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Determining the functional impact of KSHV infection of endothelial cells

Jeffery, Hannah Claire (2012)
Ph.D. thesis, University of Birmingham.

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Kaposi’s sarcoma-associated herpesvirus (KSHV) is the aetiologic agent of Kaposi’s sarcoma (KS), a malignancy characterised by spindle-shaped tumour cells with an endothelial phenotype that line primitive vascular structures. This thesis examines the concept that KSHV infection of primary endothelial cells alters their migration, supporting development of the extensive aberrant angiogenesis seen in KS.Primary human umbilical vein endothelial cells were infected with KSHV and their migration examined at time points between one and ten days post-inoculation. Infected cells transmigrated preferentially across porous filters compared to untreated or non-infected cells, and wounds in inoculated monolayers closed more rapidly compared to untreated cultures. Several cellular properties which might regulate cell migration rates were altered by KSHV inoculation. The virus modulated the laminin profile of the sub-endothelial matrix by reducing laminin-P1 deposition but increasing that of the laminin-\(\alpha\)4 chain. No effect on deposition of either fibronectin or collagen IV was found. An increase in cell-surface expression of the lamininbinding integrin-\(\alpha\)6 subunit was also detected with infection. Furthermore, KSHV infection partitioned actin stress fibres to the cell cortex and reduced the size and number of focal adhesions per cell. These results support a pro-migratory, pro-angiogenic effect of KSHV on endothelial cells that might be targeted to treat KS.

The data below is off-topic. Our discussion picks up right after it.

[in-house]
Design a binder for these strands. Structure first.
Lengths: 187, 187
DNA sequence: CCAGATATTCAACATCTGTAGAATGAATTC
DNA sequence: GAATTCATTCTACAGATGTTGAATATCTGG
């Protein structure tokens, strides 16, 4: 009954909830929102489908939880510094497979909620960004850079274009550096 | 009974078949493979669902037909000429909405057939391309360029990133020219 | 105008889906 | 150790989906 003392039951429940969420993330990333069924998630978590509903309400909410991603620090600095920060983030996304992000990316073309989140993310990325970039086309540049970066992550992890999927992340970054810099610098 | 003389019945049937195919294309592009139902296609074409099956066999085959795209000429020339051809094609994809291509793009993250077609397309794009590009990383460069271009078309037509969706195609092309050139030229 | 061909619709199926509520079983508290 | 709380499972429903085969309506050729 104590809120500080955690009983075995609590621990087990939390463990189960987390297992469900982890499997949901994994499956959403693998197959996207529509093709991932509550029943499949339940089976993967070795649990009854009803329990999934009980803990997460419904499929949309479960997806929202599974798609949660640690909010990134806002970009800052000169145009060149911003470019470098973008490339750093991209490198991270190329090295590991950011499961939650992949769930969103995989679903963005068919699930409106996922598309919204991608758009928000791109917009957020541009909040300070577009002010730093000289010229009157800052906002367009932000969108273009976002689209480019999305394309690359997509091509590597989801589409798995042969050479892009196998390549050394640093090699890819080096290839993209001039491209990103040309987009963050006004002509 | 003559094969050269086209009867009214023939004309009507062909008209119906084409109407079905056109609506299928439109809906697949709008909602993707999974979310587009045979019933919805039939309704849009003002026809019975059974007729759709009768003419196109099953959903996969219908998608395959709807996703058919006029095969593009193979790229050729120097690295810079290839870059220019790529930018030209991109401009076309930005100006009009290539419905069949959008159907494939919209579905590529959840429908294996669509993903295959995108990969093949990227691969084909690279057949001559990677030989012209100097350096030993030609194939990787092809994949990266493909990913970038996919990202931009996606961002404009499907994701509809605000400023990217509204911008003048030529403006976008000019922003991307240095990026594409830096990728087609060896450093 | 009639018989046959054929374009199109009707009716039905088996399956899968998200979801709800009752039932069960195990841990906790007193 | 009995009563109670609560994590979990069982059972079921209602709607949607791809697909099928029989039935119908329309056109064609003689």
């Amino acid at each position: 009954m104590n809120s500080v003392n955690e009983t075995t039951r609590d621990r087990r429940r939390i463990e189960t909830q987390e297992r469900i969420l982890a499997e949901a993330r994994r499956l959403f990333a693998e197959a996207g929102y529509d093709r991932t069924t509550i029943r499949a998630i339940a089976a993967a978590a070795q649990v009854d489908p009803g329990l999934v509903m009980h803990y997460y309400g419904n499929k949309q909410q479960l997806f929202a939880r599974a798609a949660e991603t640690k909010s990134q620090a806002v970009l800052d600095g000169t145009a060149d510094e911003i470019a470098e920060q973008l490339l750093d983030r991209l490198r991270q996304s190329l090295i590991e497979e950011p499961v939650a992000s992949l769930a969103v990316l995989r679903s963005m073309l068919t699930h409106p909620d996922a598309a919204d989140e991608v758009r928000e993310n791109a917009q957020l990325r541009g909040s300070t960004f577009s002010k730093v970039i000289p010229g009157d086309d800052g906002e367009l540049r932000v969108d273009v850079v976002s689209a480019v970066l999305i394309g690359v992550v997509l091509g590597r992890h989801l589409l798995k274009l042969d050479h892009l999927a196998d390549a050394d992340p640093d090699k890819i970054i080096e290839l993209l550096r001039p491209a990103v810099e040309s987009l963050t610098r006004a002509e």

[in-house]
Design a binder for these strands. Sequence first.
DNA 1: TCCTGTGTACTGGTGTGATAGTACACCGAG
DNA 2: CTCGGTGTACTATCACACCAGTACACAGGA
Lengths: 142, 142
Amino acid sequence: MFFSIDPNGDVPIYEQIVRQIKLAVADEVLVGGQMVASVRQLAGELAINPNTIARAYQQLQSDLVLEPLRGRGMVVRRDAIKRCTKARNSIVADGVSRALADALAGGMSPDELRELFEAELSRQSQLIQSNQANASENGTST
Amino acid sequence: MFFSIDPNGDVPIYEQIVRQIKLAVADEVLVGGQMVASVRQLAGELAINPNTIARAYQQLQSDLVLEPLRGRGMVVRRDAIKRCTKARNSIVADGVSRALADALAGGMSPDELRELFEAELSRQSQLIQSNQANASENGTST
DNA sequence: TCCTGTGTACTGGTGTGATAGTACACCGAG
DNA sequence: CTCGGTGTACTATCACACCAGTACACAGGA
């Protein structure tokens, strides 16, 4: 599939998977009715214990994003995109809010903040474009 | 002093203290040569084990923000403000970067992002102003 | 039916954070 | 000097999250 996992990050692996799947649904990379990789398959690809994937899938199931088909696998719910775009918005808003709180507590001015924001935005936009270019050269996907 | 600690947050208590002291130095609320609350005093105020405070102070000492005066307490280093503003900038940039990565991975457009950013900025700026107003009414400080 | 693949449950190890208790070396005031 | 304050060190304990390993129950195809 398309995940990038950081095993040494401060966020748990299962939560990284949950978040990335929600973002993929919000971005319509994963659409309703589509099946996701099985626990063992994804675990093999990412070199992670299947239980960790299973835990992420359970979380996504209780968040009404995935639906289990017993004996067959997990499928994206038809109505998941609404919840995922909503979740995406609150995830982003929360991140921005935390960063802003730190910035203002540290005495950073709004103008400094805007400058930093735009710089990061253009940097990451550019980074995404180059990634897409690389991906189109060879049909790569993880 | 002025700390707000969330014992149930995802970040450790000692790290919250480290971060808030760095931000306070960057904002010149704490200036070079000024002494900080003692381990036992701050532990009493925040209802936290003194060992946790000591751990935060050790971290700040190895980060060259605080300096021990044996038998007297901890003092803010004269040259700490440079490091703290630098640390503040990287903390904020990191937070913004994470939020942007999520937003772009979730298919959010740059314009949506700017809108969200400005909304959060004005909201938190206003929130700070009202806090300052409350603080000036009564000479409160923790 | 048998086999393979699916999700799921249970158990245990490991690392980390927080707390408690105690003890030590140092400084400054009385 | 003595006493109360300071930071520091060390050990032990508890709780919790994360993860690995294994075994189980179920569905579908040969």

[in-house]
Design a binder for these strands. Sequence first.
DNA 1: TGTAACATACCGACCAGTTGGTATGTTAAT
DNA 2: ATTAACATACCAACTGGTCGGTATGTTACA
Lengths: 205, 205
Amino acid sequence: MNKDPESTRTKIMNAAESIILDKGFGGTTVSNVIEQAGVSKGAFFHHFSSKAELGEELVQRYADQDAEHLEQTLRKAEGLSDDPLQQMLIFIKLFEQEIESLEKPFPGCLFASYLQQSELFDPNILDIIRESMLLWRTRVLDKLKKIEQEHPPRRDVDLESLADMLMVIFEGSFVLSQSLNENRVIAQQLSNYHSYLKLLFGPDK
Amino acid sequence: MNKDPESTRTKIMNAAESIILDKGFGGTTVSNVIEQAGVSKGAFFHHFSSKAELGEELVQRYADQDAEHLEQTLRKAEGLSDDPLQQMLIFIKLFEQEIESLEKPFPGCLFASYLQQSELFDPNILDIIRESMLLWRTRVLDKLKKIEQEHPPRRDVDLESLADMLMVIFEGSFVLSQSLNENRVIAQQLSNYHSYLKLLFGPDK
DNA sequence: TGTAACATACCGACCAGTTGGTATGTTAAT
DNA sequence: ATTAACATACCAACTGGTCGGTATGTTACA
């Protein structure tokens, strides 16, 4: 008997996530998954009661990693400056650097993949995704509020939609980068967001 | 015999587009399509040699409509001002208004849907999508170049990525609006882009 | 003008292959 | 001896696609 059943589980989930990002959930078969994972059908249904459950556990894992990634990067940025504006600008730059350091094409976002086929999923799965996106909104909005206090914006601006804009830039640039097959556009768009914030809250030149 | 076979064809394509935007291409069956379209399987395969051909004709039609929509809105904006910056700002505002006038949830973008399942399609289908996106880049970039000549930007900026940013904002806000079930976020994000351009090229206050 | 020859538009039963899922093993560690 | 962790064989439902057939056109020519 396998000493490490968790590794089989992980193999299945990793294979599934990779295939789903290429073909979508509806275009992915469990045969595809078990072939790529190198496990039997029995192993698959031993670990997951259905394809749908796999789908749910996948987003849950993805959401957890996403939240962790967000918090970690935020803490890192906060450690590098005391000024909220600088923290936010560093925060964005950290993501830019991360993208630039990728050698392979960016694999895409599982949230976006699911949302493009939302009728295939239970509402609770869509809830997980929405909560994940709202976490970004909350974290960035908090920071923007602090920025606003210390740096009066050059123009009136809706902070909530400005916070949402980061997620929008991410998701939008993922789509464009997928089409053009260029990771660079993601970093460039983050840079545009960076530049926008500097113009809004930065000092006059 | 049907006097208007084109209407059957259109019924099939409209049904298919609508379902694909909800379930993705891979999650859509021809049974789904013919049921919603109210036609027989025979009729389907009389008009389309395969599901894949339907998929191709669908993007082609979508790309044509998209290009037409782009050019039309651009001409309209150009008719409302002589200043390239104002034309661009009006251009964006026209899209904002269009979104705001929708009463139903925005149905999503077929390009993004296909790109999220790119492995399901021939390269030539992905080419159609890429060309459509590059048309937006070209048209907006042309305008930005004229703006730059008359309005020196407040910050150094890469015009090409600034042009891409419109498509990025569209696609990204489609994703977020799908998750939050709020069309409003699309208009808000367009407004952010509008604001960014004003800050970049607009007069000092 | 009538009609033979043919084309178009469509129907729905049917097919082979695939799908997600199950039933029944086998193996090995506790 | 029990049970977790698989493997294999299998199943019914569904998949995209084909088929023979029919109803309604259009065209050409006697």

Type of Work:Ph.D. thesis.
Supervisor(s):Blackbourn, David J. and Nash, G. B. (Gerard B.)
School/Faculty:Schools (1998 to 2008) > School of Medicine
Department:School of Cancer Studies
Subjects:R Medicine (General)
RK Dentistry
Institution:University of Birmingham
ID Code:3676
This unpublished thesis/dissertation is copyright of the author and/or third parties. The intellectual property rights of the author or third parties in respect of this work are as defined by The Copyright Designs and Patents Act 1988 or as modified by any successor legislation. Any use made of information contained in this thesis/dissertation must be in accordance with that legislation and must be properly acknowledged. Further distribution or reproduction in any format is prohibited without the permission of the copyright holder.
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